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Nuremberg - Nazis and the Phone Call that Changed our Lives.

We arrived in Nuremberg Tuesday morning. Despite lacking some of the charm of the smaller towns we had recently visited, Nuremberg had much to offer. Considering that ninety percent of the city was destroyed in World War II, there was still much to be enjoyed, from an aesthetic point of view, and much to be discovered, historically.


We spent our first day exploring the Altstadt (old town) and the Imperial Palace, perched high up on a hill (as they always are) with magnificent city views. We visited a toy museum that was a bit quirky, but fun and interesting (although Garin might disagree). There were a lot of cool toys, but also some creepy ones, like the doll pictured above. Germans have always been at the forefront of toy making, so it seems only fitting they would have a museum dedicated to toys here. Our last stop was at the Bratwurst Museum, which too was a bit quirky, but also fun to visit. Much to everyone's disappointment, they didn't offer any samples.


On Day Two, our agenda was a bit heavy. Our morning started with the Documentation Center Nazi Party Rally Grounds. Due to a complete remodel of the documentation center, the exhibit setup was temporary and rather small, which made for an easier transition into this part of Bavaria, which sadly, is steeped in Nazi history. This documentation center focused on Nazi history in Nuremberg in particular.

After that, we made the half-hour walk (in slightly hot temperatures), to the rally grounds, where Hitler infamously held his propaganda rallies, with up to 200,000 fanatical followers in attendance at a time. Parched from the heat and needing a break from Nazi history, we stopped for lunch at a cafe nearby. We partook in some of the famous sausages in the area (referred to as Nurembergers) which were delicious traditional German potato salad on the side. We sampled some other local favorites as well.


After lunch, we headed to the Memorium Nuremberg Trials, in the opposite part of town where we had spent the morning. This particular building was chosen as the location of the Nuremberg trials (1945–1949) for the main surviving German war criminals of World War II because it was almost undamaged, was large enough, and included a large prison complex. The choice of the city of Nuremberg was symbolic as the Nazi Party had held its large Nuremberg rallies in the city. The trials took place in courtroom number 600, situated in the east wing of the Palace of Justice, which is pictured above and is open for visitors to see. The courtroom has been remodeled and modified over the years.


After visiting the courtroom, we headed to the museum, in the same building, which covered the trials and presented a lot of information about the German war criminals who had been tried there. We had only been in the museum for half an hour when the call came in from Anna. It was 3:08 PM in Nuremberg and 6:08 AM in Los Angeles. I knew something was off when I saw that she was calling because usually we only text each other while we are away. She had texted me the day before explaining Fitzy had been somewhat under the weather, so I thought it might have something to do with that. If he wasn't feeling better overnight, she was going to take him to the vet, per their instructions, after speaking to them a few times on Tuesday.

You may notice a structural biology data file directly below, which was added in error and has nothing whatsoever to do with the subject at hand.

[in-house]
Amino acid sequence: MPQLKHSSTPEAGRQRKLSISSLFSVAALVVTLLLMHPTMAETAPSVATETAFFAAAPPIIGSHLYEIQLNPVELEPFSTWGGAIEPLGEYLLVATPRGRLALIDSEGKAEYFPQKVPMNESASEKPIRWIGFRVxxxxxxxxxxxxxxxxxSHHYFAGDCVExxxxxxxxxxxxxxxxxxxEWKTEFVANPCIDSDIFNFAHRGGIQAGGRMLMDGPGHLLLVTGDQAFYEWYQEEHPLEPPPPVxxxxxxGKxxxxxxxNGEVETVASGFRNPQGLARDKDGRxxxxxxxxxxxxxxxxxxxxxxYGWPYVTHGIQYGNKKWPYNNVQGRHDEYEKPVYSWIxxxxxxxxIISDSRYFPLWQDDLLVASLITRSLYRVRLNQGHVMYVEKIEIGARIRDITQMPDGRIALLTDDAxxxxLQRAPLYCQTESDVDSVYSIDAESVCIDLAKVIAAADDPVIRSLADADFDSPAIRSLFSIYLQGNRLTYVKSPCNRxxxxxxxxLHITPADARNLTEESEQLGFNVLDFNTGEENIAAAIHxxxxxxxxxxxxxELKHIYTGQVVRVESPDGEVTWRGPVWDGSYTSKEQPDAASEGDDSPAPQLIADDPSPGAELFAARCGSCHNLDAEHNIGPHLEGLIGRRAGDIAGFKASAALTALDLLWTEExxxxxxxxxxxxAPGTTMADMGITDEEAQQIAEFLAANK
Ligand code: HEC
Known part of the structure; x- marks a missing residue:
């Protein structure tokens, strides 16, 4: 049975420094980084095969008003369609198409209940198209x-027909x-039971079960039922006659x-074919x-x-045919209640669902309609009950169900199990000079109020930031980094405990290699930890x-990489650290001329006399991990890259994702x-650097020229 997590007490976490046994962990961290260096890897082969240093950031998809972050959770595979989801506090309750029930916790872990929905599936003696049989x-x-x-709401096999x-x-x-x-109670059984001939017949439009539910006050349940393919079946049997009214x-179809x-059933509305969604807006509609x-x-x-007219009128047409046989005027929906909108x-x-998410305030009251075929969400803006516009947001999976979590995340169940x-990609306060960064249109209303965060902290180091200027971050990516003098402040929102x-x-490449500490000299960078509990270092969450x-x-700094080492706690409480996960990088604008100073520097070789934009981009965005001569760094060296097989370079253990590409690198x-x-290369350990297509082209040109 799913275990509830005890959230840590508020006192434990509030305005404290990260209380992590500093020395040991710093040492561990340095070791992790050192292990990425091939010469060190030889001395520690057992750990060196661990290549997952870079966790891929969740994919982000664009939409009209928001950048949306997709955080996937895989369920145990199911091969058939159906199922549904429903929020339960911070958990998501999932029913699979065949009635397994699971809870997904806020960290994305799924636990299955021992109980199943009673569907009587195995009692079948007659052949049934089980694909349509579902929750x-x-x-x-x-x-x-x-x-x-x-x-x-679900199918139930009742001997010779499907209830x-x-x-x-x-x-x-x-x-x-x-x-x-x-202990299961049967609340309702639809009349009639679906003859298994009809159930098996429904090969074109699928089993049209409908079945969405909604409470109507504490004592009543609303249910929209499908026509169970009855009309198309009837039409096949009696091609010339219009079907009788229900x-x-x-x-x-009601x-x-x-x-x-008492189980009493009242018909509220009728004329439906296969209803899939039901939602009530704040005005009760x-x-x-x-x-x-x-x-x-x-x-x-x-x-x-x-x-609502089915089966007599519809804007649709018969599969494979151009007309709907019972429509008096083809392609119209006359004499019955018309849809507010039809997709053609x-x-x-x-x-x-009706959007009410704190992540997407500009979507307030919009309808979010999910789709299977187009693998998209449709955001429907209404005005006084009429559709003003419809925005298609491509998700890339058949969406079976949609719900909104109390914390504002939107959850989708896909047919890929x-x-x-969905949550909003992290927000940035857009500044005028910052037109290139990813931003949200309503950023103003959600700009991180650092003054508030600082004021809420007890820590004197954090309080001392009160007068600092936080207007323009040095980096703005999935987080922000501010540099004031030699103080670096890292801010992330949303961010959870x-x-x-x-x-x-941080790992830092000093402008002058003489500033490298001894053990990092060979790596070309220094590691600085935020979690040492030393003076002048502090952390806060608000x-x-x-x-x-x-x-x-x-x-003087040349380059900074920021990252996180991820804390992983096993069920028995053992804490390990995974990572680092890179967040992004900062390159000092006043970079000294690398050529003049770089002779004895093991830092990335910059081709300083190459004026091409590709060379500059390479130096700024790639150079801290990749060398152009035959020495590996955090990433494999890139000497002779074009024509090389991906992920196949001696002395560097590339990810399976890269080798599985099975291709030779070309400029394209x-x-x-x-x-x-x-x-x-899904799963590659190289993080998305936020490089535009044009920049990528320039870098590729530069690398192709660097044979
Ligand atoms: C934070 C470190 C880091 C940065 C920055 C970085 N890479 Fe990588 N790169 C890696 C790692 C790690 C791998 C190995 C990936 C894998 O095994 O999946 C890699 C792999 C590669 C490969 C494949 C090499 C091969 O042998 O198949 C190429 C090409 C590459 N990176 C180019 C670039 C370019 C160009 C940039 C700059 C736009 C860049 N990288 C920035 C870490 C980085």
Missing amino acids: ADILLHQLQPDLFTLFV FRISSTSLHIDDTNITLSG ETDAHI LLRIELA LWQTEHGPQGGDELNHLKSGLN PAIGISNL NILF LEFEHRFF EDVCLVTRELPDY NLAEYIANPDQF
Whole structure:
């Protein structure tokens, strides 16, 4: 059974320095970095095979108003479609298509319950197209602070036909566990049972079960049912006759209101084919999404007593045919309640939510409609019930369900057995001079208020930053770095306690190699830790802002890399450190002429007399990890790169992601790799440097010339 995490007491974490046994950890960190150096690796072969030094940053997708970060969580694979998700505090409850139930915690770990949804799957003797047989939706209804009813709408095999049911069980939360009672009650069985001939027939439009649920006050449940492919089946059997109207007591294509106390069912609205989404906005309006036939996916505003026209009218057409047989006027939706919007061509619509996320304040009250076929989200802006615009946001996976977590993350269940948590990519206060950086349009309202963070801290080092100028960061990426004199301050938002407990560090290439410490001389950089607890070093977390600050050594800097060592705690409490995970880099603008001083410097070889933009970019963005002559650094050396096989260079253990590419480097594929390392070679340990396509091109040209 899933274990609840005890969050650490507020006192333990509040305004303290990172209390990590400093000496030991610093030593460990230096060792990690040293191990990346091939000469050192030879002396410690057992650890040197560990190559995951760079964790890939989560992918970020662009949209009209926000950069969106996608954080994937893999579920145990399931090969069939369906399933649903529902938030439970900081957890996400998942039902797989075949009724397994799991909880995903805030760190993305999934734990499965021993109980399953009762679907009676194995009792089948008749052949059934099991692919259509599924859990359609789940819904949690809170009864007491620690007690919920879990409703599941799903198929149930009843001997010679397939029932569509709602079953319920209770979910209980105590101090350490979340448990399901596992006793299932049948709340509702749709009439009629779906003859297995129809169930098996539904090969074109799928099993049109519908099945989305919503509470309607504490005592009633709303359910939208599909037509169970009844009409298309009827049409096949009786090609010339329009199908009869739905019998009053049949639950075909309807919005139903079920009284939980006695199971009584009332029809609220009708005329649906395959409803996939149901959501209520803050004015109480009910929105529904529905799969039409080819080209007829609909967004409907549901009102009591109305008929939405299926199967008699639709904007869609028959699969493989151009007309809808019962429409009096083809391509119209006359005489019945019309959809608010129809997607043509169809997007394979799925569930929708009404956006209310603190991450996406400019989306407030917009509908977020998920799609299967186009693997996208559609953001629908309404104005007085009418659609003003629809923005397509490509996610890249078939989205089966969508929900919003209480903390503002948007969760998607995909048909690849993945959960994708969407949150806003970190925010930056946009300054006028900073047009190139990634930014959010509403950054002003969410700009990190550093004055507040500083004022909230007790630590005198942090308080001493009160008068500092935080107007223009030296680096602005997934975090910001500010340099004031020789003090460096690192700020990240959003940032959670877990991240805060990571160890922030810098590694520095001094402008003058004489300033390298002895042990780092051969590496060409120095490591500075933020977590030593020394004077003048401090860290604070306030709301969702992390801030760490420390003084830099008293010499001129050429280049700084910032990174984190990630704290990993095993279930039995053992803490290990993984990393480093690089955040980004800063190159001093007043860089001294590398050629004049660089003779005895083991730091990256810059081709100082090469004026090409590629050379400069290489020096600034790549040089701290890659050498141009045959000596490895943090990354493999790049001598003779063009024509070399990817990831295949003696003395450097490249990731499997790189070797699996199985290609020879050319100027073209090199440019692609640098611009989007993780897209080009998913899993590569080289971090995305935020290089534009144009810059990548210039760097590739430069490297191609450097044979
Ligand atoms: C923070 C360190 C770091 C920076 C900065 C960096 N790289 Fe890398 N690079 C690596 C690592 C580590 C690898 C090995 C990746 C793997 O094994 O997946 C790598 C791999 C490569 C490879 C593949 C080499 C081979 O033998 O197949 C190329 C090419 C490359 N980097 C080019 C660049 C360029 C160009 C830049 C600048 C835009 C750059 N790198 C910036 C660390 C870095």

I picked up the phone and said hello. The rest is a bit of a blur. I heard Anna crying on the other end and then the words came, "Jana, I don't know what to do. Fitzy is dead." I stopped in my tracks and immediately tried to find a private place to talk so that the kids wouldn't see me. Anna explained what she knew up until that moment, but nothing made sense to either of us.


The kids immediately knew something was wrong when they came to find me, but I didn't want to tell them inside the museum for fear of their reaction. We quickly walked down the stairs, returned our audio guides, and made our way to a shady spot outside where I proceeded to tell them the devastating news. We all stood there for quite some time sobbing before we made our way back to the car to return to our hotel, where we spent the rest of the afternoon and evening. I spent hours on the phone, back and forth with Anna and the vet, trying to piece together what might have happened.


Fitzy died suddenly and unexpectedly, with virtually no warning. Some of what we learned made sense, but much will never have answers or a precise explanation. More importantly, we had not been there when he passed on, which was devastating to us. We were only nine days into a forty-day trip. We entertained the idea of trying to fly home immediately, but after discussing it at length, we decided that didn't make sense. Nothing made sense.


In the end, we decided to stay and finish our trip, the best we could. I was filled with confusion, regret, guilt, sadness, anger, and most of all, terrible grief. I wasn't sure how we would carry on with this dark cloud hanging over us, but we had to try. Fitzy was gone and there was nothing, not even our presence at home, that was going to bring our beloved boy back to us.











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